Concern about the large number of accidents in the Air Taxi industry motivated Transport Canada to initiate the SATOPS project. Relative to Airline and Commuter operations, Air Taxi aircraft are involved in the vast majority of accidents each year. Transport Canada System Safety generates an annual Canadian Aviation Safety Statistics report based on Transportation Safety Board accident statistics. The reports from 1990 to 1995 revealed that the number of accidents had not decreased and the number of fatal accidents had increased.

The following graph illustrates the proportion of Air Taxi accidents relative to the total number of accidents in commercial operations during 1990 - 1995. The first column in each year represents the total number of accidents in all commercial operations. The second column represents the number of helicopter and fixed-wing Air Taxi accidents. The third column represents the number of helicopter accidents (included in the second column) for comparison purposes. In 1990, 82% of all commercial aircraft accidents involved Air Taxi aircraft, 83% in 1991, 69% in 1992, 72% in 1993, and 79% in 1994 and 1995.

Proportion of Air Taxi accidents relative to the total number of accidents in commercial operations 1990 - 1995

The following tables show the number of fatal accidents and fatalities in Air Taxi operations and the percentage relative to the total number of fatal accidents and fatalities in all commercial operations for fixed-wing aircraft and helicopters from 1990 through 1995.


Fatal Accidents and Fatalities - Fixed Wing Aircraft

* Excluding the accident in Saudi Arabia that claimed 261 lives.


Fatal Accidents and Fatalities - Helicopters

Unfortunately, it is not possible to determine the accident rate for Air Taxi operations since statistics are not available for the number of flight hours or the number of aircraft movements (take-offs and landings). Air Taxi operators are not required to track this information. A reduction in the number of flight hours could have been the reason for an improved accident record in 1992 and 1993.

Without relevant data, it is very difficult to determine where the majority of accidents occur. This data is required in order to identify areas to commit resources for accident prevention programs. Increasing regulation was not considered to be the solution to reducing the accident rate. Disregard for established regulations was cited by the Transportation Safety Board in many of the Air Taxi accident reports. Transport Canada believes that there is a culture or attitude of accepted operating practices that has developed over the years in Air Taxi operations. The Task Force's objective was to propose ways to improve the accident record by identifying the culture, attitudes, problems and safety practices in Air Taxi operations.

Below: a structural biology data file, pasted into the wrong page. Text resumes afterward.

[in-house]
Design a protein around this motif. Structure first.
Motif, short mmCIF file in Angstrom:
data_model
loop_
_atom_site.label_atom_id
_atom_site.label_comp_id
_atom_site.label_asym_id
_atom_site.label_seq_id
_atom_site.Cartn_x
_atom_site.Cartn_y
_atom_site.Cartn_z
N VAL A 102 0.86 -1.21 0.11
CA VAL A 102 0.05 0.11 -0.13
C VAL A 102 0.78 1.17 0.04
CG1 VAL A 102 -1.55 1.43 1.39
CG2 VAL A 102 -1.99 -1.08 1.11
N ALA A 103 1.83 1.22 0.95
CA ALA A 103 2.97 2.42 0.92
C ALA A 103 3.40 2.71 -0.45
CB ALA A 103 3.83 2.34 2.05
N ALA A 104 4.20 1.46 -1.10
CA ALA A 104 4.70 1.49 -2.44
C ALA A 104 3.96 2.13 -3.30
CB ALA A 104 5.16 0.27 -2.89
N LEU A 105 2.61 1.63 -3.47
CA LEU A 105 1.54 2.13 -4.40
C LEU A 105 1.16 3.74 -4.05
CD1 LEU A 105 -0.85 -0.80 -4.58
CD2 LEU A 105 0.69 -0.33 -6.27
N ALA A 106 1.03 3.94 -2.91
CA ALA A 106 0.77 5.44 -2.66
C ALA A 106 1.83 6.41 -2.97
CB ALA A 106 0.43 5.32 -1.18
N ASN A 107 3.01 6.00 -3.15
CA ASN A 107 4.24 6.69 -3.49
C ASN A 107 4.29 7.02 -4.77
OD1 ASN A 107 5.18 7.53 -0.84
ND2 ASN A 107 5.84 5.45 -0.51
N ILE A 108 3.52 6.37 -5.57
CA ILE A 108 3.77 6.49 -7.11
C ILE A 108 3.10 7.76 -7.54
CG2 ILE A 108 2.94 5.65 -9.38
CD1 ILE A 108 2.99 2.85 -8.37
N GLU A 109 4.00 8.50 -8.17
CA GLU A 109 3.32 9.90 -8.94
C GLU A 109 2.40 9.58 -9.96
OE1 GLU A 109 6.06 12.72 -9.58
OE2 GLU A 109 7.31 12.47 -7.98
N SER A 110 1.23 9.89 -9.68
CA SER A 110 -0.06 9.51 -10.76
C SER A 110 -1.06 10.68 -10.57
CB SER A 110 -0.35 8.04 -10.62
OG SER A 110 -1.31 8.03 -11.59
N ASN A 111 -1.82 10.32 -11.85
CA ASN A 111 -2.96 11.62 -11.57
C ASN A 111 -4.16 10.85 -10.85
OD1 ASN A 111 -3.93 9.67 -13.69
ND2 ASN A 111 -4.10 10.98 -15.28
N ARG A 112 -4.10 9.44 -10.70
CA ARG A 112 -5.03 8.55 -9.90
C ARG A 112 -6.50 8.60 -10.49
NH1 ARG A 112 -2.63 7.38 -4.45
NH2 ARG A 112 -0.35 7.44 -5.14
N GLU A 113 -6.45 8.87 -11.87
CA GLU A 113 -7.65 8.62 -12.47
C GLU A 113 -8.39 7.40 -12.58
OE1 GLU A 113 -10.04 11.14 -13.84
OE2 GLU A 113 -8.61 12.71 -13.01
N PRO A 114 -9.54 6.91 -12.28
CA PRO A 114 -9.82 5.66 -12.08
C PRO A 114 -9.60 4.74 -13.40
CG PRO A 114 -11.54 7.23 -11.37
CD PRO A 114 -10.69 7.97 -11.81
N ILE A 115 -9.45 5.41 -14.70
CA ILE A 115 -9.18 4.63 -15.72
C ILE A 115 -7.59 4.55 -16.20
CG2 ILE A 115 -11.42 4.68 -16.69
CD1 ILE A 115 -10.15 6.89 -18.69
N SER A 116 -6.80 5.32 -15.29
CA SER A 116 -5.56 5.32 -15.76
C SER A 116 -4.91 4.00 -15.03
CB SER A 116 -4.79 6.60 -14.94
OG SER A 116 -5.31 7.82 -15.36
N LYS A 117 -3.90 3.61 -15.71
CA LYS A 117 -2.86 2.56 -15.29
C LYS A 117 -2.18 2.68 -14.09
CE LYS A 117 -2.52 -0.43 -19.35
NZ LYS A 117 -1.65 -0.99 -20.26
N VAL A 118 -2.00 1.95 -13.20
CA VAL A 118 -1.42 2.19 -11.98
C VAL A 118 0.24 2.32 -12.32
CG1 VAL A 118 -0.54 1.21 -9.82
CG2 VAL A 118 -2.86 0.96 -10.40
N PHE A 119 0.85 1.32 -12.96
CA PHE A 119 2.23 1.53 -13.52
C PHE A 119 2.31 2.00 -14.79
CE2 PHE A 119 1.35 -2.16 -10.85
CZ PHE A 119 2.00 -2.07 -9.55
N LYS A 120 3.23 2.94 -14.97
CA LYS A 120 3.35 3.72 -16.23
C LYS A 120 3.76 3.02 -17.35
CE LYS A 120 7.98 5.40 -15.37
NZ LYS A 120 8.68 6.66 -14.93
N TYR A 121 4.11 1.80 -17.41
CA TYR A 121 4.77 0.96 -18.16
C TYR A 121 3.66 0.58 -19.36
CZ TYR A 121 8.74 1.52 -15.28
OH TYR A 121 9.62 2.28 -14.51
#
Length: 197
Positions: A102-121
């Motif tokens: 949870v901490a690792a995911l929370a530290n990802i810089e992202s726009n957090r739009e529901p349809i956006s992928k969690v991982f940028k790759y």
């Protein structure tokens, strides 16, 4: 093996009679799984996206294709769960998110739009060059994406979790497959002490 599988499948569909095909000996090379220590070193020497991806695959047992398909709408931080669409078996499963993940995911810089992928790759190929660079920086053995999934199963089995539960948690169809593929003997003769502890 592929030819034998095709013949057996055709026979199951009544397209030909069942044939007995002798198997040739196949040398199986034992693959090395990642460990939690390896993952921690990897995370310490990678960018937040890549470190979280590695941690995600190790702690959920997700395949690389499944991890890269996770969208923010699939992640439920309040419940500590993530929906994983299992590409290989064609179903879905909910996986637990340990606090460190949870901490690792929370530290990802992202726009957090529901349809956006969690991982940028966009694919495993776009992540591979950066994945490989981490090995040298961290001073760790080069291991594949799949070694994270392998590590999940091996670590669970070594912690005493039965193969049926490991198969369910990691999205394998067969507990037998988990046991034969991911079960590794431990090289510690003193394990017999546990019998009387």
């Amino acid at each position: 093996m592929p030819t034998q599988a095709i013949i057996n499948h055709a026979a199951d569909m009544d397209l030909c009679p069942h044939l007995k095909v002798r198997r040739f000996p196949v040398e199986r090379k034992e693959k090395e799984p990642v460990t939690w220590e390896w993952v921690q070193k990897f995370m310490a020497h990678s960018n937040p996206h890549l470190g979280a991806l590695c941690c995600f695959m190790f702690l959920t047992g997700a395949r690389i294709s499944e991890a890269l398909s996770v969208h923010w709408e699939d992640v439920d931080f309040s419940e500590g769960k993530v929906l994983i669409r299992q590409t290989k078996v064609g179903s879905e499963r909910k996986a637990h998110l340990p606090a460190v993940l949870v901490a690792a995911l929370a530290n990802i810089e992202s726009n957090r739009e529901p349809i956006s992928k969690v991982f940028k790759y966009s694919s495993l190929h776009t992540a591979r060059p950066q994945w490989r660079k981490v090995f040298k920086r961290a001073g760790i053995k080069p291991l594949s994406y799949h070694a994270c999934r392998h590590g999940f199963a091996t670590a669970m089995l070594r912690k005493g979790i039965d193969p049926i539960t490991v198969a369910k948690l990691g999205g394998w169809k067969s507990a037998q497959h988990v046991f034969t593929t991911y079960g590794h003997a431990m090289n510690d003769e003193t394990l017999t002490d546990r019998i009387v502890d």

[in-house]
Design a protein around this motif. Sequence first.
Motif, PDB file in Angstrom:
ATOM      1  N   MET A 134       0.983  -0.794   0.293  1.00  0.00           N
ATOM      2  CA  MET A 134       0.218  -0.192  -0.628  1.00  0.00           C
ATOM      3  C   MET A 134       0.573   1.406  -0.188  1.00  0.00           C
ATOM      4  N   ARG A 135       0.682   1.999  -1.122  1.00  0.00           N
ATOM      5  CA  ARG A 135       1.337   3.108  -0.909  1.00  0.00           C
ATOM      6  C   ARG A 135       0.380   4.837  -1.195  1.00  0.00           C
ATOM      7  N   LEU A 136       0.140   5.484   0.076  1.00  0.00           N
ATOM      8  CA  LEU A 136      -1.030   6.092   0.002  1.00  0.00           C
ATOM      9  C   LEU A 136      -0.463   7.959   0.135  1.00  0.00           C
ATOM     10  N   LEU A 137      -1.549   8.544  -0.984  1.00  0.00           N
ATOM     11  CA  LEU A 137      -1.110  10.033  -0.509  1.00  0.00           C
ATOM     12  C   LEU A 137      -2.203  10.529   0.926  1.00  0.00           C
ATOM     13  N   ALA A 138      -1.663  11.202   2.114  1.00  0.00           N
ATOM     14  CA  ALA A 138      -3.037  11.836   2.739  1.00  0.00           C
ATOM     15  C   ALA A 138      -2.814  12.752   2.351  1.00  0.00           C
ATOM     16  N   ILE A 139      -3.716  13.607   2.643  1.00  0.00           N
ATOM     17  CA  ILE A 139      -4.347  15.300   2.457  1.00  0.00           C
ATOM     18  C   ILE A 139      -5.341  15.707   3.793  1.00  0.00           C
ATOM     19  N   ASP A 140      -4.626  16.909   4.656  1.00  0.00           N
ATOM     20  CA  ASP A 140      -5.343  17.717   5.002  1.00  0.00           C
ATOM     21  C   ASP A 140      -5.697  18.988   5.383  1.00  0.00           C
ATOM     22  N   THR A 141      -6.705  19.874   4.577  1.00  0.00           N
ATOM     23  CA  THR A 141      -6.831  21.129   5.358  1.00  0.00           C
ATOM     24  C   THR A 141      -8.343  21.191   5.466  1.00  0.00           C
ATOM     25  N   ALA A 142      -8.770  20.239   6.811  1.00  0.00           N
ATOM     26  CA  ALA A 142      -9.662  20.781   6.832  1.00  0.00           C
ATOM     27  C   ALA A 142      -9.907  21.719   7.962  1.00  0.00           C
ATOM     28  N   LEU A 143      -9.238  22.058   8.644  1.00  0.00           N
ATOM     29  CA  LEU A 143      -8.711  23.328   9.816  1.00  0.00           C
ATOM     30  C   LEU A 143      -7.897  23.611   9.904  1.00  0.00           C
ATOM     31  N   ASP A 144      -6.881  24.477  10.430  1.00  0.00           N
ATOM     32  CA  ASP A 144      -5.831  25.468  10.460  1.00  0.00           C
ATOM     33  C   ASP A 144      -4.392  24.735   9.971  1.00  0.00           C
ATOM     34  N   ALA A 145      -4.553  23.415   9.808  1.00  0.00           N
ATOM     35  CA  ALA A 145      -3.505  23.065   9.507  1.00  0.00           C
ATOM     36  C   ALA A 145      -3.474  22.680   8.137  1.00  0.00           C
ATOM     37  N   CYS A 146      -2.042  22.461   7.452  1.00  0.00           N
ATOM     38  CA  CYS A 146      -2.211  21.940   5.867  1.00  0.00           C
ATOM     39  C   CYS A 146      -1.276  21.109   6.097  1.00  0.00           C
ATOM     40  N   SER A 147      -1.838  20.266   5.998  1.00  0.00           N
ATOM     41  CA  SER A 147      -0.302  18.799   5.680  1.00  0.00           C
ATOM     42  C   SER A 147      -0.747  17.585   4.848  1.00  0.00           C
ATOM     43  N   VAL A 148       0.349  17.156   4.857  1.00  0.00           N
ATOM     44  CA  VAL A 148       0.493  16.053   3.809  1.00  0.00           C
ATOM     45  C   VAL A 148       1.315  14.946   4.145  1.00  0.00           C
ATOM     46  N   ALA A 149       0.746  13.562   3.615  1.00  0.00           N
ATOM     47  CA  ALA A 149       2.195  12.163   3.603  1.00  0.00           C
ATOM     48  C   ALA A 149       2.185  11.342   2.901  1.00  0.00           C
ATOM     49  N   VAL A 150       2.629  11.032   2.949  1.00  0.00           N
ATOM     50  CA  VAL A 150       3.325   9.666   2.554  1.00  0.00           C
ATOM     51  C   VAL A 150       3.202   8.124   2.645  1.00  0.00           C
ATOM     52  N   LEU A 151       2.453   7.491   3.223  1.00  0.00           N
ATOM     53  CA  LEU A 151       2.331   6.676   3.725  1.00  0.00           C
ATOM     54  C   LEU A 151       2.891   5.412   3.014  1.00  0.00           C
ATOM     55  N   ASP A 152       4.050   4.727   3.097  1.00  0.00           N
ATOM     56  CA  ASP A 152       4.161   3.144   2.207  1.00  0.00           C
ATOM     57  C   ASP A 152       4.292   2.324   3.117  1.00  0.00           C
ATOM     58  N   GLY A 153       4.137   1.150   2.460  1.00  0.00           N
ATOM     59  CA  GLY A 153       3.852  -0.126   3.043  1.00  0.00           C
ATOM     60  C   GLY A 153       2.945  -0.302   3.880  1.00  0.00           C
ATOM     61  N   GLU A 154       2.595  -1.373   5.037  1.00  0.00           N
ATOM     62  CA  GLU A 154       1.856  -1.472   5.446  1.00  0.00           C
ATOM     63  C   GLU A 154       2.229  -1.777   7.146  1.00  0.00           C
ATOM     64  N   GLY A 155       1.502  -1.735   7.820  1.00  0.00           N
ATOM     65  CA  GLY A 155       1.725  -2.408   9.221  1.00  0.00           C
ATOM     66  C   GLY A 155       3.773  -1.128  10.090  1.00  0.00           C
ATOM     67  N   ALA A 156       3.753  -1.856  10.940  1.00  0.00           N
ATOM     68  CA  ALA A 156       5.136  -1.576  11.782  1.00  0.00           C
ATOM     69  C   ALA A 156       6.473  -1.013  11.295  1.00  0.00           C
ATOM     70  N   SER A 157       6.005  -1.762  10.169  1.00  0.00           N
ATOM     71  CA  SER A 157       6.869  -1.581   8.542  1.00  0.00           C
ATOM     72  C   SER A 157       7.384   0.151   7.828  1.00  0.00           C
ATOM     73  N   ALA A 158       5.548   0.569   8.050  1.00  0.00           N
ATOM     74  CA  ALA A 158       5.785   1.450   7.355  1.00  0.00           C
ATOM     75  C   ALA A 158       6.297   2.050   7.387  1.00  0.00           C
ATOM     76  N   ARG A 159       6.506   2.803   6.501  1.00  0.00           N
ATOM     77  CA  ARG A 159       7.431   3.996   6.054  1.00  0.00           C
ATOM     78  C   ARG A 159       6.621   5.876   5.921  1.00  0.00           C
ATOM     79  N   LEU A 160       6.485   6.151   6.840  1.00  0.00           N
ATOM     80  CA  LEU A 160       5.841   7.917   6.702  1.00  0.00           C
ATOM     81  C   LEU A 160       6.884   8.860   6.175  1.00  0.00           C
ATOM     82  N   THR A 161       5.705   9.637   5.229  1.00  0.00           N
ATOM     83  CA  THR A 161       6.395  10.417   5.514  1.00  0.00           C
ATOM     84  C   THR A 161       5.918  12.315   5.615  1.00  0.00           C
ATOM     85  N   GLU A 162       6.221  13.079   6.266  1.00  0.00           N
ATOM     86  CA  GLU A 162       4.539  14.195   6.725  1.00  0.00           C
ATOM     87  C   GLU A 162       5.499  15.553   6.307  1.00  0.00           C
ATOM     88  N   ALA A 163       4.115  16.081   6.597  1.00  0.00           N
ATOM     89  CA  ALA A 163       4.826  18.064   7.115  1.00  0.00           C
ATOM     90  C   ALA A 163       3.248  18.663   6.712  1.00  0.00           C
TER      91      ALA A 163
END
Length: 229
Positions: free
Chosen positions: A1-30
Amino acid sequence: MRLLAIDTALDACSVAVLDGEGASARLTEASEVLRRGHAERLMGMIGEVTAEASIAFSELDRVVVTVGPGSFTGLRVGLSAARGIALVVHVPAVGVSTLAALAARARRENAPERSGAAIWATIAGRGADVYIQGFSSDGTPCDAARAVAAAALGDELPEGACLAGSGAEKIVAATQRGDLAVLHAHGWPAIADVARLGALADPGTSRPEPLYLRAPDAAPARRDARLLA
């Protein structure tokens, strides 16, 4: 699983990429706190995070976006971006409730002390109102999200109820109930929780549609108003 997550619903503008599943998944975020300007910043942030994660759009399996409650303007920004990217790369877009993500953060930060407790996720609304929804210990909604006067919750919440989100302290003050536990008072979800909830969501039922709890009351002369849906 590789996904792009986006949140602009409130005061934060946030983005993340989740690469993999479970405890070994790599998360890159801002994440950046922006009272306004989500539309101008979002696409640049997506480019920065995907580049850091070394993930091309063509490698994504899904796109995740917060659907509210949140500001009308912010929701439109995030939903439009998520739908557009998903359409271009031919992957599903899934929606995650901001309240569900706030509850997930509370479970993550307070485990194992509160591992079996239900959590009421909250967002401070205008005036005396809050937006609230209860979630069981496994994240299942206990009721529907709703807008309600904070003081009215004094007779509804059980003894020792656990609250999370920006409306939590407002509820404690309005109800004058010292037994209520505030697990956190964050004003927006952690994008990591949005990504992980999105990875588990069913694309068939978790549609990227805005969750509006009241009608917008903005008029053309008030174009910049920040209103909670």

Air Taxi operations involve more than just transporting passengers or cargo and are not generally conducted from paved runways. Lakes, ice and snow-covered surfaces, eskers and tundra are typical "runways". Helicopters operate in confined and remote areas that are otherwise inaccessible by air. Aerial spraying, surveying, waterbombing or waterbucketting forest fires, helilogging, heliskiing, and carrying or slinging external loads are examples of Air Taxi operations.

There is considerable competition in the Air Taxi industry as a result of deregulation. Any company able to meet the Transport Canada regulatory requirements can be authorized to operate. This creates significant pressure on air operators, especially smaller operators, to compete for a limited number of clients and contracts. Compounding this is the limited time that operators and pilots have to make money. The majority of hours flown each year occur in the spring through fall when the days are longer and the weather is generally favourable. The tourist industry generates a substantial amount of business for Air Taxi operators who can serve the needs of fishermen and hunters. Geological exploration increases when the ground is more accessible to specific types of field work.

A fixed-wing pilot's first job is usually with an Air Taxi operator where he gains experience before moving on to larger aircraft with commuter companies or the major airlines. Remote working locations and low wages make it difficult to attract highly qualified people. Pilot turnover is high, especially when the economy is strong and the airlines are hiring. Helicopter pilots working in the Air Taxi industry generally have more experience since the opportunity for advancement to airline-type operations is not available. Nonetheless, inexperienced helicopter pilots face the same problem as inexperienced fixed-wing pilots. Clients expect that the pilot will be able to perform any task required of the job. This expectation places subtle and sometimes overt pressure on the pilot that can lead to poor decision making.

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